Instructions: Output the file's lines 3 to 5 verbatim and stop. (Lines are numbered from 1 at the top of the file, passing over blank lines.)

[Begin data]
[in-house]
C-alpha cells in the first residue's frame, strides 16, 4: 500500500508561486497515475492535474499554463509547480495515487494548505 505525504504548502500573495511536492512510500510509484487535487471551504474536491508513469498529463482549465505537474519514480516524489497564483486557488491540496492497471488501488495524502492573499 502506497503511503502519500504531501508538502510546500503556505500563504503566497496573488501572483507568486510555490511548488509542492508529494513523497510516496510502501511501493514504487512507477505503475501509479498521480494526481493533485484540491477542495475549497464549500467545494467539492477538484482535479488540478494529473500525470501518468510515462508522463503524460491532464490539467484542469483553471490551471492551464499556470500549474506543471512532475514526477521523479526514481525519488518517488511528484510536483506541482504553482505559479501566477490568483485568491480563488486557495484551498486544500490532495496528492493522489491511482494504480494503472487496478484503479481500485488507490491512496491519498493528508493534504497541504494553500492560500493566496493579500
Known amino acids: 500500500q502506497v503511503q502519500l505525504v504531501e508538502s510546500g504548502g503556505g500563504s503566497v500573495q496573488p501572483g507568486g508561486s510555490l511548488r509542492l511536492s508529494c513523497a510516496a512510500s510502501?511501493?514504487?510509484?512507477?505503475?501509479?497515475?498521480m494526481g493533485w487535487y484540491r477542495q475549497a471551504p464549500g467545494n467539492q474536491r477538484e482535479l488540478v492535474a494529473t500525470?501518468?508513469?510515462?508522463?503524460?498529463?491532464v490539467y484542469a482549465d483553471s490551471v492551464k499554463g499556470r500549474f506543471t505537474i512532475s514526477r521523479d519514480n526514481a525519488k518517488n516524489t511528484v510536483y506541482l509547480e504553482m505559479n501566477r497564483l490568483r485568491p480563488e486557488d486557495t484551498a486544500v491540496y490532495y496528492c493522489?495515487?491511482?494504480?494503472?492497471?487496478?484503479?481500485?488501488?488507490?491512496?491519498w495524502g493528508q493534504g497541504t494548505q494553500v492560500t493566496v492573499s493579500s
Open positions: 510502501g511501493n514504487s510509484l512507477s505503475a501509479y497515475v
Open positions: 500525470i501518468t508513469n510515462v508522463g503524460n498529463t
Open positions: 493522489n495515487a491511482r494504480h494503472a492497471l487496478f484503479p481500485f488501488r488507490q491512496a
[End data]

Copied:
Known amino acids: 500500500q502506497v503511503q502519500l505525504v504531501e508538502s510546500g504548502g503556505g500563504s503566497v500573495q496573488p501572483g507568486g508561486s510555490l511548488r509542492l511536492s508529494c513523497a510516496a512510500s510502501?511501493?514504487?510509484?512507477?505503475?501509479?497515475?498521480m494526481g493533485w487535487y484540491r477542495q475549497a471551504p464549500g467545494n467539492q474536491r477538484e482535479l488540478v492535474a494529473t500525470?501518468?508513469?510515462?508522463?503524460?498529463?491532464v490539467y484542469a482549465d483553471s490551471v492551464k499554463g499556470r500549474f506543471t505537474i512532475s514526477r521523479d519514480n526514481a525519488k518517488n516524489t511528484v510536483y506541482l509547480e504553482m505559479n501566477r497564483l490568483r485568491p480563488e486557488d486557495t484551498a486544500v491540496y490532495y496528492c493522489?495515487?491511482?494504480?494503472?492497471?487496478?484503479?481500485?488501488?488507490?491512496?491519498w495524502g493528508q493534504g497541504t494548505q494553500v492560500t493566496v492573499s493579500s
Open positions: 510502501g511501493n514504487s510509484l512507477s505503475a501509479y497515475v
Open positions: 500525470i501518468t508513469n510515462v508522463g503524460n498529463t